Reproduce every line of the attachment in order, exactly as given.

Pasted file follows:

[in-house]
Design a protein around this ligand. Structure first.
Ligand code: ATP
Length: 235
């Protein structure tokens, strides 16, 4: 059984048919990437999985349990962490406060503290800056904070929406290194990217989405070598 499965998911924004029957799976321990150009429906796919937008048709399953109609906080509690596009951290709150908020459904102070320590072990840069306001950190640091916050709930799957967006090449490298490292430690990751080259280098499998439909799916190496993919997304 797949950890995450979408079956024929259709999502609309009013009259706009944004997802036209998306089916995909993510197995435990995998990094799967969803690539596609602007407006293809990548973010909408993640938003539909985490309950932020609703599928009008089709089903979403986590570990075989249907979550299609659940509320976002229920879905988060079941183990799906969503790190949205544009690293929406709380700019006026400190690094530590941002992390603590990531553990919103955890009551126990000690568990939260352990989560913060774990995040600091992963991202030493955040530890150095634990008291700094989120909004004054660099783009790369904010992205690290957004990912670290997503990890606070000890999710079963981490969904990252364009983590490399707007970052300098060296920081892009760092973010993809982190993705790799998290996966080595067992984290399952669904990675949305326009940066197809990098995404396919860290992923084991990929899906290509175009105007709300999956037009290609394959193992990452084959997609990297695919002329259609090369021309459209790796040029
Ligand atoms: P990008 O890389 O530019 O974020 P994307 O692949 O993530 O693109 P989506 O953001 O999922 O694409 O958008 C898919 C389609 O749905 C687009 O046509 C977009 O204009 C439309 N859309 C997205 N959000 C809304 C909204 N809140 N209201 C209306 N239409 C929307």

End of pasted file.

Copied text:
[in-house]
Design a protein around this ligand. Structure first.
Ligand code: ATP
Length: 235
């Protein structure tokens, strides 16, 4: 059984048919990437999985349990962490406060503290800056904070929406290194990217989405070598 499965998911924004029957799976321990150009429906796919937008048709399953109609906080509690596009951290709150908020459904102070320590072990840069306001950190640091916050709930799957967006090449490298490292430690990751080259280098499998439909799916190496993919997304 797949950890995450979408079956024929259709999502609309009013009259706009944004997802036209998306089916995909993510197995435990995998990094799967969803690539596609602007407006293809990548973010909408993640938003539909985490309950932020609703599928009008089709089903979403986590570990075989249907979550299609659940509320976002229920879905988060079941183990799906969503790190949205544009690293929406709380700019006026400190690094530590941002992390603590990531553990919103955890009551126990000690568990939260352990989560913060774990995040600091992963991202030493955040530890150095634990008291700094989120909004004054660099783009790369904010992205690290957004990912670290997503990890606070000890999710079963981490969904990252364009983590490399707007970052300098060296920081892009760092973010993809982190993705790799998290996966080595067992984290399952669904990675949305326009940066197809990098995404396919860290992923084991990929899906290509175009105007709300999956037009290609394959193992990452084959997609990297695919002329259609090369021309459209790796040029
Ligand atoms: P990008 O890389 O530019 O974020 P994307 O692949 O993530 O693109 P989506 O953001 O999922 O694409 O958008 C898919 C389609 O749905 C687009 O046509 C977009 O204009 C439309 N859309 C997205 N959000 C809304 C909204 N809140 N209201 C209306 N239409 C929307």